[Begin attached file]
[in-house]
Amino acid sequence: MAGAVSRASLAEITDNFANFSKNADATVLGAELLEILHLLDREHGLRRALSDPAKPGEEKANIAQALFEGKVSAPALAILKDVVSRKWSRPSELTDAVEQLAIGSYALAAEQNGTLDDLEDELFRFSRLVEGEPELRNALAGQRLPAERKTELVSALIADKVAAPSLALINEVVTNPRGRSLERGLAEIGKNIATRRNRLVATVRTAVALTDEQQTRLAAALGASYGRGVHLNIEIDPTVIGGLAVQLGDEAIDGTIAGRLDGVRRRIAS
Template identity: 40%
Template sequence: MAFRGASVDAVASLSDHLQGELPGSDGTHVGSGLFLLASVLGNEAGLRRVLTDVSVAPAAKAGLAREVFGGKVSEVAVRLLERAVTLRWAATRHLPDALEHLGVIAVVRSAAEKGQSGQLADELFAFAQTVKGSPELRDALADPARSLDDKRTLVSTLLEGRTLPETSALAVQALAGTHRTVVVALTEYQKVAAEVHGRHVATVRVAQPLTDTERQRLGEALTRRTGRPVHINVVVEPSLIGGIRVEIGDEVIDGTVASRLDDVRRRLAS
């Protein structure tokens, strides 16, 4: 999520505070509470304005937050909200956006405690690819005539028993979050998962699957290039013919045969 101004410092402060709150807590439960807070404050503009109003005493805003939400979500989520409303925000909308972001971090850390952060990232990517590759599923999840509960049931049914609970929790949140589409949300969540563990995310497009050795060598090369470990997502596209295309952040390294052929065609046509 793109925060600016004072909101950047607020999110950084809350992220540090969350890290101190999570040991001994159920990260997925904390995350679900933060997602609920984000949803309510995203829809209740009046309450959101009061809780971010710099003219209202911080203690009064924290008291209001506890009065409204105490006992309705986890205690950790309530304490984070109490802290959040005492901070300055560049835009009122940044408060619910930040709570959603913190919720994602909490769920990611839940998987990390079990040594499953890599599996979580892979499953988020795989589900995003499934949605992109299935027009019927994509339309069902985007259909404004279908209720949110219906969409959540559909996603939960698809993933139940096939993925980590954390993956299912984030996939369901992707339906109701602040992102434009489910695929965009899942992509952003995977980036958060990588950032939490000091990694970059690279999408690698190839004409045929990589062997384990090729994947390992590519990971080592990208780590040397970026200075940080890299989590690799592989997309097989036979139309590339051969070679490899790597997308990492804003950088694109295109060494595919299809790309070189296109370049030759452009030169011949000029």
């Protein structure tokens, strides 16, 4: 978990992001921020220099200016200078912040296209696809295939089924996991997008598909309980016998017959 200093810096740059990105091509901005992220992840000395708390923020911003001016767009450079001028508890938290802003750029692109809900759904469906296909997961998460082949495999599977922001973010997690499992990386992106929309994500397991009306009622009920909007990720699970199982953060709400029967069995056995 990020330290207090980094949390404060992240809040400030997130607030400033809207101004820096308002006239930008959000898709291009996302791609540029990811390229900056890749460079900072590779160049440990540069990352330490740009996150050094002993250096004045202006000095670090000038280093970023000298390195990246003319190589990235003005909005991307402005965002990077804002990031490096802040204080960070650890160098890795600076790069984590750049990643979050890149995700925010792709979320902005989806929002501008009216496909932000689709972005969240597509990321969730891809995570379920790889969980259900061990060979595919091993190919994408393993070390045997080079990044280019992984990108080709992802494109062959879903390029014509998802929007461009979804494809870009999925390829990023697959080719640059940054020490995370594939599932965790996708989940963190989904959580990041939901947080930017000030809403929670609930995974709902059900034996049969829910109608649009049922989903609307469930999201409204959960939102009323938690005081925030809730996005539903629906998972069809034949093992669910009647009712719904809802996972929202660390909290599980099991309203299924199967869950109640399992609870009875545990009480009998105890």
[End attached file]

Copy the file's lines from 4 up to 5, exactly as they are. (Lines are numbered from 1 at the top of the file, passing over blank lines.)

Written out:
Template sequence: MAFRGASVDAVASLSDHLQGELPGSDGTHVGSGLFLLASVLGNEAGLRRVLTDVSVAPAAKAGLAREVFGGKVSEVAVRLLERAVTLRWAATRHLPDALEHLGVIAVVRSAAEKGQSGQLADELFAFAQTVKGSPELRDALADPARSLDDKRTLVSTLLEGRTLPETSALAVQALAGTHRTVVVALTEYQKVAAEVHGRHVATVRVAQPLTDTERQRLGEALTRRTGRPVHINVVVEPSLIGGIRVEIGDEVIDGTVASRLDDVRRRLAS
């Protein structure tokens, strides 16, 4: 999520505070509470304005937050909200956006405690690819005539028993979050998962699957290039013919045969 101004410092402060709150807590439960807070404050503009109003005493805003939400979500989520409303925000909308972001971090850390952060990232990517590759599923999840509960049931049914609970929790949140589409949300969540563990995310497009050795060598090369470990997502596209295309952040390294052929065609046509 793109925060600016004072909101950047607020999110950084809350992220540090969350890290101190999570040991001994159920990260997925904390995350679900933060997602609920984000949803309510995203829809209740009046309450959101009061809780971010710099003219209202911080203690009064924290008291209001506890009065409204105490006992309705986890205690950790309530304490984070109490802290959040005492901070300055560049835009009122940044408060619910930040709570959603913190919720994602909490769920990611839940998987990390079990040594499953890599599996979580892979499953988020795989589900995003499934949605992109299935027009019927994509339309069902985007259909404004279908209720949110219906969409959540559909996603939960698809993933139940096939993925980590954390993956299912984030996939369901992707339906109701602040992102434009489910695929965009899942992509952003995977980036958060990588950032939490000091990694970059690279999408690698190839004409045929990589062997384990090729994947390992590519990971080592990208780590040397970026200075940080890299989590690799592989997309097989036979139309590339051969070679490899790597997308990492804003950088694109295109060494595919299809790309070189296109370049030759452009030169011949000029």